Schools that have empty seats create a problem for Cleveland Metropolitan School District. Some new schools fall in this category. For example, the newly built Almira School has enough seats to house 450 students, but currently has only 319 students. The newly opened Paul Dunbar School has 241 students enrolled with a capacity for 450 students. The Orchard STEM School has 329 students enrolled with a capacity for 450 students. Each empty seat means the district will be forced to either go without matching funds from the State of Ohio when it builds beyond the projected 12,000 seats, or build buildings in some neighborhoods without enough seats to serve the projected population of that neighborhood.
To that end the Cleveland Metropolitan School District has a number of strategies it hopes will attract students back to the school district. With the newly passed levy, the school district has promised to add resources to improve its academic programs. The school district hopes to improve its academic performance and point out the serious lack of academic performance in some charter schools with which it competes for students.
The CMSD department of Family and Community Engagement has hired coordinators to help meet with parents and students in charter schools to persuade them to reconsider their decision and come back to the Cleveland Metropolitan School District. It has developed a portfolio of schools for those coordinators to show to parents to help them find a school that will work for their child. Danny Kelly, formerly a resource coordinator at Lincoln West’s Community Wrap Around Academy, is the coordinator for this effort on the West Side of Cleveland.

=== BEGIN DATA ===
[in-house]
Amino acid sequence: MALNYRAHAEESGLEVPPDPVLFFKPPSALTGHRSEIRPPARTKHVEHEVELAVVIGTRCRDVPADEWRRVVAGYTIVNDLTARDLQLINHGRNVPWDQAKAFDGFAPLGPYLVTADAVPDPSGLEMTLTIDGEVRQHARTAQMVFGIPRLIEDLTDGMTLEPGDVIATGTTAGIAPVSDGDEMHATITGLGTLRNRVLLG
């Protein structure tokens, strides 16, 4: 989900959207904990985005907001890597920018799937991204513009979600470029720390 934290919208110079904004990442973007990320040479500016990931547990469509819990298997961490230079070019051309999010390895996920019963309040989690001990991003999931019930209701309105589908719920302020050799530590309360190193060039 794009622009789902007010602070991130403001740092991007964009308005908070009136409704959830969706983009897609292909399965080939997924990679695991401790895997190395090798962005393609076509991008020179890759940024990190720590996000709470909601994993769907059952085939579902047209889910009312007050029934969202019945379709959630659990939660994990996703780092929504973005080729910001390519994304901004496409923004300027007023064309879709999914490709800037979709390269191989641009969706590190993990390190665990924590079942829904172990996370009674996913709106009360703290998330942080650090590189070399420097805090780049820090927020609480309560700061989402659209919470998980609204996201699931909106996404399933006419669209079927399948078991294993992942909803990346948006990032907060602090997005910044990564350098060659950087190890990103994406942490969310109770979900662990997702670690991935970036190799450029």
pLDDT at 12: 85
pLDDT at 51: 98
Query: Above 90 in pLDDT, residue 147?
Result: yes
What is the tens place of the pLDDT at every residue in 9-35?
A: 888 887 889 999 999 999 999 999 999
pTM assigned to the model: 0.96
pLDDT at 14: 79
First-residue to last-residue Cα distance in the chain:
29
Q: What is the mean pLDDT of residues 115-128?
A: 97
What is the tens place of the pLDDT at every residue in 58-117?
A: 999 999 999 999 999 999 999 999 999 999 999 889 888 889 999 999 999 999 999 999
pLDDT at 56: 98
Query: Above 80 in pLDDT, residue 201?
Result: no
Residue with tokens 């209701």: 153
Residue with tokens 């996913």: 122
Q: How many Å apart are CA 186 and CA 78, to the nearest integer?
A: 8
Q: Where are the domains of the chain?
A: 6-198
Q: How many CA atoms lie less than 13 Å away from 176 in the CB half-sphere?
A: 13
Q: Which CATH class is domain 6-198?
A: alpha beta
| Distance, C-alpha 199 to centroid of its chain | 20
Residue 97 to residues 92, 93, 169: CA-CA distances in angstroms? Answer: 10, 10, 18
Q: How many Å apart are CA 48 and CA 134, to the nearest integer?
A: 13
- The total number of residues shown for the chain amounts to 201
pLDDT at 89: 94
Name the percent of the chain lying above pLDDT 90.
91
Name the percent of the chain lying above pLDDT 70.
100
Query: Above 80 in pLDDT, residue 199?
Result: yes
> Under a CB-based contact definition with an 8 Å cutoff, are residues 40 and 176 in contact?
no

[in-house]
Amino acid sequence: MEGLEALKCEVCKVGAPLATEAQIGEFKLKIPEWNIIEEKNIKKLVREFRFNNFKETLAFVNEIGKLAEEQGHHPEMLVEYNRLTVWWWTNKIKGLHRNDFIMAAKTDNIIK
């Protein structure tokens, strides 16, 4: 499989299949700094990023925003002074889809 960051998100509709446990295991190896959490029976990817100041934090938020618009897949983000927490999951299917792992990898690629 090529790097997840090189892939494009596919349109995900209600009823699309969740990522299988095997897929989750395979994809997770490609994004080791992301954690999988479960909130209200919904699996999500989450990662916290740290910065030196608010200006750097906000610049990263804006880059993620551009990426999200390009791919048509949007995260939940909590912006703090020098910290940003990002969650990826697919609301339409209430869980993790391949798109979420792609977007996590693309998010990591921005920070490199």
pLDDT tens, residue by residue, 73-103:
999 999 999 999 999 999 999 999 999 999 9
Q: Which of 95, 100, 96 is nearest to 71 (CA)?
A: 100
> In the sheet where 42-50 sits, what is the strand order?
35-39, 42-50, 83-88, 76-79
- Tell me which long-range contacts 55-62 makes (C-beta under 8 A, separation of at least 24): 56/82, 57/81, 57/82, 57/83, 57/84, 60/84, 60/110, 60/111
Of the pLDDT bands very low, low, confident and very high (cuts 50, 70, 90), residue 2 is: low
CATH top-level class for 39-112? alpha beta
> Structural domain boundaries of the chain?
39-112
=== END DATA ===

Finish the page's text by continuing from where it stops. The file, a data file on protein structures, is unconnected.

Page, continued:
The school district has also joined forces with United Way to implement a Community Wrap Around Strategy in 17 investment schools in the school district. These schools represent some of the district’s schools with the greatest academic challenges. United Way has chosen lead agencies for each of the 17 investment schools. Five schools are investment schools on the West Side of Cleveland. Four of them are in the area served by the Plain Press: Lincoln West High School, Luis Muños Marin, Walton, and H. Barbara Booker.
Esperanza is the lead agency at three of these schools: Lincoln West, Luis Muñoz Marin and Walton. West Side Community House is the lead agency at H. Barbara Booker. The lead agencies are currently in the process of hiring site coordinators for these schools. The site coordinators will be charged with doing a needs assessment at each school, and working with school principal, school staff, parents and students to help link the school to resources to fill unmet needs at the school.
School staff, parents and community members from Lincoln West, Marin, and Booker had a chance to meet and discuss qualifications they would like to see in their site coordinators in meetings held in December 2013. Esperanza has already hired a site coordinator for Walton School and expects to hold a community meeting in early January 2014 to introduce the new coordinator to the community.